Casselman noted we are currently in an environment where we have two distinct health care delivery ecosystems working simultaneously – the traditional health care delivery system based on face-to-face interactions between provider and patient in either an office or hospital setting, and the new and evolving consumer-based digital health system – the world of virtual care, apps, engaged patients and the quantified self.

“The traditional health care delivery ecosystem is mostly operating distinctly and differently from these fantastic innovations. They’re operating at different clock speeds.”

He notes that virtual care is evolving along the whole continuum from the traditional clinician/patient interface through team-based care to the new personalized patient-centred approach to care.

“It’s almost impossible for these things to be embedded in the traditional system because they’re changing so quickly,” he said.

These evolving forms of digital care and the underlying beliefs and concepts that support them are creating dynamic tension for those used to working in the traditional health care environment.

In part, he said, this is because the traditional evidence-based model of care which relies on the randomized controlled trial as the gold standard, cannot adapt quickly enough to assess and absorb the changes being brought about by digital health innovations.

To Casselman – and seemingly to the 42,000 delegates to the Vegas meeting – the new reality is one Canadian physicians, hospital administrators and all others employed in the system must start to acknowledge.

“Health care professionals, teams, and organizations must consider what novel skills and capabilities are needed to deliver virtual care effectively,” he said.

Casselman’s organization – COACH (one of the main sponsoring bodies of the upcoming #ehealth2016 conference in Vancouver) has done much to define the 65 existing roles and responsibilities involved in health informatics in Canada today and as developed a professional skills matrix for those roles.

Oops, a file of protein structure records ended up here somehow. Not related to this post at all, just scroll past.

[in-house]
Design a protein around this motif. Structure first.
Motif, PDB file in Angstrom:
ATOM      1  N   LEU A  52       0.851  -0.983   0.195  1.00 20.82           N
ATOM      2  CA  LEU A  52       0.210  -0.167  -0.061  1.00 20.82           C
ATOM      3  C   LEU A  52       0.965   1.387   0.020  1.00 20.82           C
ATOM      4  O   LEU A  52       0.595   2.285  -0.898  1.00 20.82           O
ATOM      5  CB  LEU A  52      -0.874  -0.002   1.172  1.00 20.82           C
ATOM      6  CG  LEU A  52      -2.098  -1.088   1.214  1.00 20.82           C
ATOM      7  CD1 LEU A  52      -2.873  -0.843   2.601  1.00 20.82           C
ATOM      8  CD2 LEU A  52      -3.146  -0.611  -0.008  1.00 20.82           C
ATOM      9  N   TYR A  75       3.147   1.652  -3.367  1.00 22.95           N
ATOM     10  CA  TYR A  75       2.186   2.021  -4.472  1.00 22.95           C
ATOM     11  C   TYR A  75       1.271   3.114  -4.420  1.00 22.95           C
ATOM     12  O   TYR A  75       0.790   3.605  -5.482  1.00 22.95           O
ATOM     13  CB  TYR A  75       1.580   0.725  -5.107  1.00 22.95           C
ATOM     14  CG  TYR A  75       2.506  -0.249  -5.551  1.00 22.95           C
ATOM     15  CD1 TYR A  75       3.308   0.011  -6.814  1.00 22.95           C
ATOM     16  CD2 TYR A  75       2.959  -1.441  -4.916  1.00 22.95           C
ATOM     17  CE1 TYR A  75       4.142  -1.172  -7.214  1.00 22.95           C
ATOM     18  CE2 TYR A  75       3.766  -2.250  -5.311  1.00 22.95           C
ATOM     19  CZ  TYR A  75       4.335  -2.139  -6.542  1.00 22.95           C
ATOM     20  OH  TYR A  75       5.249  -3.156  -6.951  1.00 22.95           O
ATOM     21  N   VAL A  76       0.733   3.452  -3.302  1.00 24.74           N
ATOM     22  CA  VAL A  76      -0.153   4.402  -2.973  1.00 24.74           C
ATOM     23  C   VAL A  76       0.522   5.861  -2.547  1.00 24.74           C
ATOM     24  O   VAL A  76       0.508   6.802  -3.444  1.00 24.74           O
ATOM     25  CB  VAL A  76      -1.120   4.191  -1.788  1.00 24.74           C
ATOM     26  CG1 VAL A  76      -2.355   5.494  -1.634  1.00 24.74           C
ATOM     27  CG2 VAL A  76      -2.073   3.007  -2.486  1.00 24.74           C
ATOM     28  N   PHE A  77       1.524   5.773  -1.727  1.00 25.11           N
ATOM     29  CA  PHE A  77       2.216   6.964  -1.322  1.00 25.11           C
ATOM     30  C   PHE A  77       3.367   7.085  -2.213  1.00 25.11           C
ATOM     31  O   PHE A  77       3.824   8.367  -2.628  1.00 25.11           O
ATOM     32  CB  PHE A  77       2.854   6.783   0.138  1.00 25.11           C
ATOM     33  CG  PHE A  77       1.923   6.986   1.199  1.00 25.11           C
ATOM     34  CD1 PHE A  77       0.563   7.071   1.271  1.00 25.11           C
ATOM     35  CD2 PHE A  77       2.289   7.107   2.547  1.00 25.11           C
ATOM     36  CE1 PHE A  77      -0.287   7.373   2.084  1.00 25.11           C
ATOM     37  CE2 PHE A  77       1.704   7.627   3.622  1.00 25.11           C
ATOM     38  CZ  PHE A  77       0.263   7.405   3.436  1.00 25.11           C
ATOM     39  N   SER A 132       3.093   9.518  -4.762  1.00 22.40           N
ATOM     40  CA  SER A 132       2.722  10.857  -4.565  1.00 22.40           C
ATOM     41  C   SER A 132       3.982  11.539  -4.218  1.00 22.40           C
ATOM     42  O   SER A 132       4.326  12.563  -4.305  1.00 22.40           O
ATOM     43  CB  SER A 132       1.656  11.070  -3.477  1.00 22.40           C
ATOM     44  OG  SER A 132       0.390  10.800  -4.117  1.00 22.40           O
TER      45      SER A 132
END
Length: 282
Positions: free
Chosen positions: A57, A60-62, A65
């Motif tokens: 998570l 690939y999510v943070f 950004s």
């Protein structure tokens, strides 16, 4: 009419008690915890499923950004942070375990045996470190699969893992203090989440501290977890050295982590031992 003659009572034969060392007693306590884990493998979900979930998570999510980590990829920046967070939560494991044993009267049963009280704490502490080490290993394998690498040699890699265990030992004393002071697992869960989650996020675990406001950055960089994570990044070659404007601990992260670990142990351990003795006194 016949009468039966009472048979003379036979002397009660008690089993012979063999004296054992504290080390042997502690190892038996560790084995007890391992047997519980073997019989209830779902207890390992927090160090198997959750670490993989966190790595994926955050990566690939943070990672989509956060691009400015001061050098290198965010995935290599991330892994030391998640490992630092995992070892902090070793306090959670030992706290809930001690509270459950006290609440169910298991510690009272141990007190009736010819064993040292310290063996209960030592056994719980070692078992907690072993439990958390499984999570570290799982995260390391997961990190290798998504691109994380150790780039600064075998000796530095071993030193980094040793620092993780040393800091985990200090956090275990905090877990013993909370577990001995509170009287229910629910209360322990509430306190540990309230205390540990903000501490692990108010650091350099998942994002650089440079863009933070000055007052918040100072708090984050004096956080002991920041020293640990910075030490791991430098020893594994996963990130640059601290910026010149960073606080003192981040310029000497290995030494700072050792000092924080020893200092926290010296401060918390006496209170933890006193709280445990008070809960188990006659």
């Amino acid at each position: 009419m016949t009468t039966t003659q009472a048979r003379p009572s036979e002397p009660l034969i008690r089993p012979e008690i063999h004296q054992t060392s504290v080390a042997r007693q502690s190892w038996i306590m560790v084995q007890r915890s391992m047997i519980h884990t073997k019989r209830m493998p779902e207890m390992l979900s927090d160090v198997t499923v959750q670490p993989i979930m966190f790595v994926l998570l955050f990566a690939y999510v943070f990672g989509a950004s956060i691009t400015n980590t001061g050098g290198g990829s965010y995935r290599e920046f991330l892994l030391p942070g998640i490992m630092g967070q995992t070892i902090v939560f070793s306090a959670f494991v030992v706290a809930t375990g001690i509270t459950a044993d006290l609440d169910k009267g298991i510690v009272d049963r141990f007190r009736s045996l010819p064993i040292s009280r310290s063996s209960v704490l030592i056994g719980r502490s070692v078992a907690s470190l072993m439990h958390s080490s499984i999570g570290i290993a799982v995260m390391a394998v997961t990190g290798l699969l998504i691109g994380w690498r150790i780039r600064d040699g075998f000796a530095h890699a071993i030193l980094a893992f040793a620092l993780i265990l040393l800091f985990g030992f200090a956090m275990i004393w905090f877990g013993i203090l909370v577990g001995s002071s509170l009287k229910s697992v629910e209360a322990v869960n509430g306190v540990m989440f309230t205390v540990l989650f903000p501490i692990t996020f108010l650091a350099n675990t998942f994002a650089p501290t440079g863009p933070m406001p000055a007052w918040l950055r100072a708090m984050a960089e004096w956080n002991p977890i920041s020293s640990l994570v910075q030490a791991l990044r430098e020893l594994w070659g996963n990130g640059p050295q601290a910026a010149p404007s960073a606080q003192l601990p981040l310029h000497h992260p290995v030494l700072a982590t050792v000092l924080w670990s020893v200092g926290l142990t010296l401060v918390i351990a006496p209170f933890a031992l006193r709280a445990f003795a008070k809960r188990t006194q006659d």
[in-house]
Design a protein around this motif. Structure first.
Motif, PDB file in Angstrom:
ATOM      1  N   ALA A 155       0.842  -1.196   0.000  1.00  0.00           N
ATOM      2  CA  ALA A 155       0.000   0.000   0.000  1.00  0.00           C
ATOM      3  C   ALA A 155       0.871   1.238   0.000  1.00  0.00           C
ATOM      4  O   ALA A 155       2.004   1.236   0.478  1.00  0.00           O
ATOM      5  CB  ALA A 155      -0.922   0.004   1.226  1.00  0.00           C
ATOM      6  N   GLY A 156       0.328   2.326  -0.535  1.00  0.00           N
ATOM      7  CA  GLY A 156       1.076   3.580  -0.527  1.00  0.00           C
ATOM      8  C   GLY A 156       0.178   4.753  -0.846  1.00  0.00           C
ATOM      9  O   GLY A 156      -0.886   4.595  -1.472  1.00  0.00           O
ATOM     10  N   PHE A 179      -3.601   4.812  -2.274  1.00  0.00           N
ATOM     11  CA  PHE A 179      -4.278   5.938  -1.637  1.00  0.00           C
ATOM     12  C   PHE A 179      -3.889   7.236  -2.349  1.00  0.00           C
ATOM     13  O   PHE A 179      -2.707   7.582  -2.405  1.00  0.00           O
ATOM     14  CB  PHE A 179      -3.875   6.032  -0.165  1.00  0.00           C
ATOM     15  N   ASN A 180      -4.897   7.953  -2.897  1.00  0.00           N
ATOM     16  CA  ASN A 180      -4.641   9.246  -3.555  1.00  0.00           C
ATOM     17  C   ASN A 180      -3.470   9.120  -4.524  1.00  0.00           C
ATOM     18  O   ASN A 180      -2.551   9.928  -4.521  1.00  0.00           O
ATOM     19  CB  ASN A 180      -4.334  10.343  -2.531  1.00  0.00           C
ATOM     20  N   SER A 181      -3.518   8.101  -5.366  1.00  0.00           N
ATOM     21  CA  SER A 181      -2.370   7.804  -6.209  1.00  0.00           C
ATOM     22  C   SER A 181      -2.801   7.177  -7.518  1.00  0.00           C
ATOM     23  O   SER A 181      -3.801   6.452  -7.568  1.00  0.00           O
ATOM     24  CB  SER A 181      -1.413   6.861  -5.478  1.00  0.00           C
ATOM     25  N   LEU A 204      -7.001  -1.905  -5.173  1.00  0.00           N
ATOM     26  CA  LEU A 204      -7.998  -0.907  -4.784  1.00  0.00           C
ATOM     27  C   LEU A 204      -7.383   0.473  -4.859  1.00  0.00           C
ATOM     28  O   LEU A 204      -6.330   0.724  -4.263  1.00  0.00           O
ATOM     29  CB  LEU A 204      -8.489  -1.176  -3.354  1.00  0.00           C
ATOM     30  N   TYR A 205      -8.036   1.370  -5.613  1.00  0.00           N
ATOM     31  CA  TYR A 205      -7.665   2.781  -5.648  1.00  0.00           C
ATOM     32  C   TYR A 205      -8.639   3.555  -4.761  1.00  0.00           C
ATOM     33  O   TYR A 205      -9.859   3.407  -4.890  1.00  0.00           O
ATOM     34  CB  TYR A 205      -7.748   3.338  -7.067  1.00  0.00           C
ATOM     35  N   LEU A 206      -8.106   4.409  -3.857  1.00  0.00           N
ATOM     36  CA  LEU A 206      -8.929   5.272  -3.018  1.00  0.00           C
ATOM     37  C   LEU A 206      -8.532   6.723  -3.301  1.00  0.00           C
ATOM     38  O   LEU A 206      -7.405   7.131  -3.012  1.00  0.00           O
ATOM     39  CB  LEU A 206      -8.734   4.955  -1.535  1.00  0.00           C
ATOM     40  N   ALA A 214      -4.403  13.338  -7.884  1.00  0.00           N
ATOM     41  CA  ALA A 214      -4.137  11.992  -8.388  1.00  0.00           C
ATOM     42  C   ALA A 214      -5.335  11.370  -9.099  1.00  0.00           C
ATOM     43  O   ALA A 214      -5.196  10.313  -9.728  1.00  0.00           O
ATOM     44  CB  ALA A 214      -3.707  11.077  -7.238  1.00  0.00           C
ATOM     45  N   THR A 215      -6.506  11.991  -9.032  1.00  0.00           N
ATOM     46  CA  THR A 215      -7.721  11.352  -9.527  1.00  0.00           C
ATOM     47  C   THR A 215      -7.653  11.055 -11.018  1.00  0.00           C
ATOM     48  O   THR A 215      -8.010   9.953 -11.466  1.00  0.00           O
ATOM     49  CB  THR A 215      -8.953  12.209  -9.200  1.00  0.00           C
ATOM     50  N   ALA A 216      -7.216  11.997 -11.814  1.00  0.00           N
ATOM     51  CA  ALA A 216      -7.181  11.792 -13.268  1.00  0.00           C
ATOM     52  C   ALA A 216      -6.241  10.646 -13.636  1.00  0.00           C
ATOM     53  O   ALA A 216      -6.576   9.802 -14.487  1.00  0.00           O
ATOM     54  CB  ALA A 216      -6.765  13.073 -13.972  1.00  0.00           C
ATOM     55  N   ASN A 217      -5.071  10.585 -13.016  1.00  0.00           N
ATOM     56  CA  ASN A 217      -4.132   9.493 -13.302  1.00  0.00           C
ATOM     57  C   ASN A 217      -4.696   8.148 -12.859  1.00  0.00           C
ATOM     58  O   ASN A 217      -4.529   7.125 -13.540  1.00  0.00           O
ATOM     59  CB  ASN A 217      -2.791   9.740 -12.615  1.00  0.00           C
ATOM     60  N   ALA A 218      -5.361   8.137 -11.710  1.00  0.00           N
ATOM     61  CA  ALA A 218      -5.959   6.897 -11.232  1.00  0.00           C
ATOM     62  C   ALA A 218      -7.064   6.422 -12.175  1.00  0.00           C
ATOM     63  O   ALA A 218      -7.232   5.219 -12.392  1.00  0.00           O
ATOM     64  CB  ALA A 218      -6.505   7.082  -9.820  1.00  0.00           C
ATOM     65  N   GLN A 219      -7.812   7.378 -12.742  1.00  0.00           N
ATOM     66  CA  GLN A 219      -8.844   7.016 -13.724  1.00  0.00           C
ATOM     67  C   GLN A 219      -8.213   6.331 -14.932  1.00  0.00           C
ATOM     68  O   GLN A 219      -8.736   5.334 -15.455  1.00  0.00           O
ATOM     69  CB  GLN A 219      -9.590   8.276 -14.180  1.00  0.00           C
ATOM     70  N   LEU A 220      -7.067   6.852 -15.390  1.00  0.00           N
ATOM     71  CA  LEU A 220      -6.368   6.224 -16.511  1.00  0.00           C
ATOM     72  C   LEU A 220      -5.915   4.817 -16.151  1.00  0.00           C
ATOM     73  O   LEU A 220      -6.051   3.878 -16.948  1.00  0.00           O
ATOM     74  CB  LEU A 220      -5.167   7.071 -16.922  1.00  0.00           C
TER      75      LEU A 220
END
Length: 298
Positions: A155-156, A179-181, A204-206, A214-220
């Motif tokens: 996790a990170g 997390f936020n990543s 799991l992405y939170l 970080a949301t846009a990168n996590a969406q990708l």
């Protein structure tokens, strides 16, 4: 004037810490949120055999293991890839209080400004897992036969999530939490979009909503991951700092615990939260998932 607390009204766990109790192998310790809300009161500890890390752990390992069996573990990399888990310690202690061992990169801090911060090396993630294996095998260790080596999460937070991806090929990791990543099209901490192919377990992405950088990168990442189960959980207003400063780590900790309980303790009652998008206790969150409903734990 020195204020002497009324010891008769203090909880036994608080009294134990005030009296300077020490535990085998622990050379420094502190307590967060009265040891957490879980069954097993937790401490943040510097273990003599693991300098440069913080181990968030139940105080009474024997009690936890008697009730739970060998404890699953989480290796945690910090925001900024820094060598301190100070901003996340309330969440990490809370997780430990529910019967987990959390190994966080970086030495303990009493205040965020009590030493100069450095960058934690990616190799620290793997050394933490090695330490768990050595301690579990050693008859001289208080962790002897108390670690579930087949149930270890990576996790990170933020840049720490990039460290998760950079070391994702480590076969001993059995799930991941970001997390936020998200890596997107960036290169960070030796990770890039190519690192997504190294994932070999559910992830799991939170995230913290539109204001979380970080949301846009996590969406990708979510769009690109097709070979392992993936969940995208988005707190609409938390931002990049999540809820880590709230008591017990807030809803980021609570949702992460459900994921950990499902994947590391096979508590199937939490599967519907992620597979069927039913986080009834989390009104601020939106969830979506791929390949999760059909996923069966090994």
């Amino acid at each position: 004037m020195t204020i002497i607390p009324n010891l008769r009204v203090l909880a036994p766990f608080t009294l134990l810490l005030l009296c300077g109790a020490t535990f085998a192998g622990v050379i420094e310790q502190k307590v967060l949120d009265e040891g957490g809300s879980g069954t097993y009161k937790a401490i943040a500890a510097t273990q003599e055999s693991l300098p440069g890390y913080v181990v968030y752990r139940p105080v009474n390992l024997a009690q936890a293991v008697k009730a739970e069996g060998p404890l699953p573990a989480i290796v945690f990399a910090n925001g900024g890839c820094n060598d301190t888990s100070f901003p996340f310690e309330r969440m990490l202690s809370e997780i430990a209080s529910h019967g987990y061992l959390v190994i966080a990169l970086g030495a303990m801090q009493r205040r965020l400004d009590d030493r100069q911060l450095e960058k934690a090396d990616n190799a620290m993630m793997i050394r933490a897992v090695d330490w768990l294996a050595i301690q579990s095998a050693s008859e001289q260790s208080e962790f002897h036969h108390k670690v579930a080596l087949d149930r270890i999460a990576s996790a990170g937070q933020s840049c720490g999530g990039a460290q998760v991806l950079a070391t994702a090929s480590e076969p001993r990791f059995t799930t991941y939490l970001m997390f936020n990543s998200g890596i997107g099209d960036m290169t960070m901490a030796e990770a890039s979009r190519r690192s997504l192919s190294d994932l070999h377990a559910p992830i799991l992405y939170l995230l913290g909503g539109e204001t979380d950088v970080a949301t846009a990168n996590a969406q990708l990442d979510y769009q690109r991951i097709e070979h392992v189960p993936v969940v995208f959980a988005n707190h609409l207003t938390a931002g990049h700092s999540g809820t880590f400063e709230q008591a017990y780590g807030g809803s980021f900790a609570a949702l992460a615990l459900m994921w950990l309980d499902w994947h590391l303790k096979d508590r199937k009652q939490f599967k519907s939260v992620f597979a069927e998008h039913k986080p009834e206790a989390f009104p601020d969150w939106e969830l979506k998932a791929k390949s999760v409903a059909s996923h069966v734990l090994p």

But with the emerging digital health world, he said, there is now a need to re-examine this and determine the new roles that will be needed to provide care in the new world of health delivery.

Using artificial intelligence to augment care with algorithms, harvesting big data for insight, precision medicine, and digital care provided through mobile in the home and the community will require many different skills sets and roles –the type of currently fictitious roles noted by Casselman in my introductory vignette.

But Casselman goes beyond this onto more dangerous ground when he questions whether the patient electronic record of the future will even be the primary point around which patient care will be focused

“We’re digitizing our physiological indicators, we’re sharing them and its creating a real tension in the world of health informatics,” he noted.

Maybe the physician-owned patient record in the EMR is only a segment of what will really be needed to deliver care in the future as the patient tracks his or her own indicators and brings this to the table.

Much to think about and we can only be thankful that Canadian informatics leaders such as Casselman are giving it some thought, especially when he prefixes it all by stating “At the end of the day, it’s all about the care.”

(The summary sides from Casselman’s full presentation can be accessed here).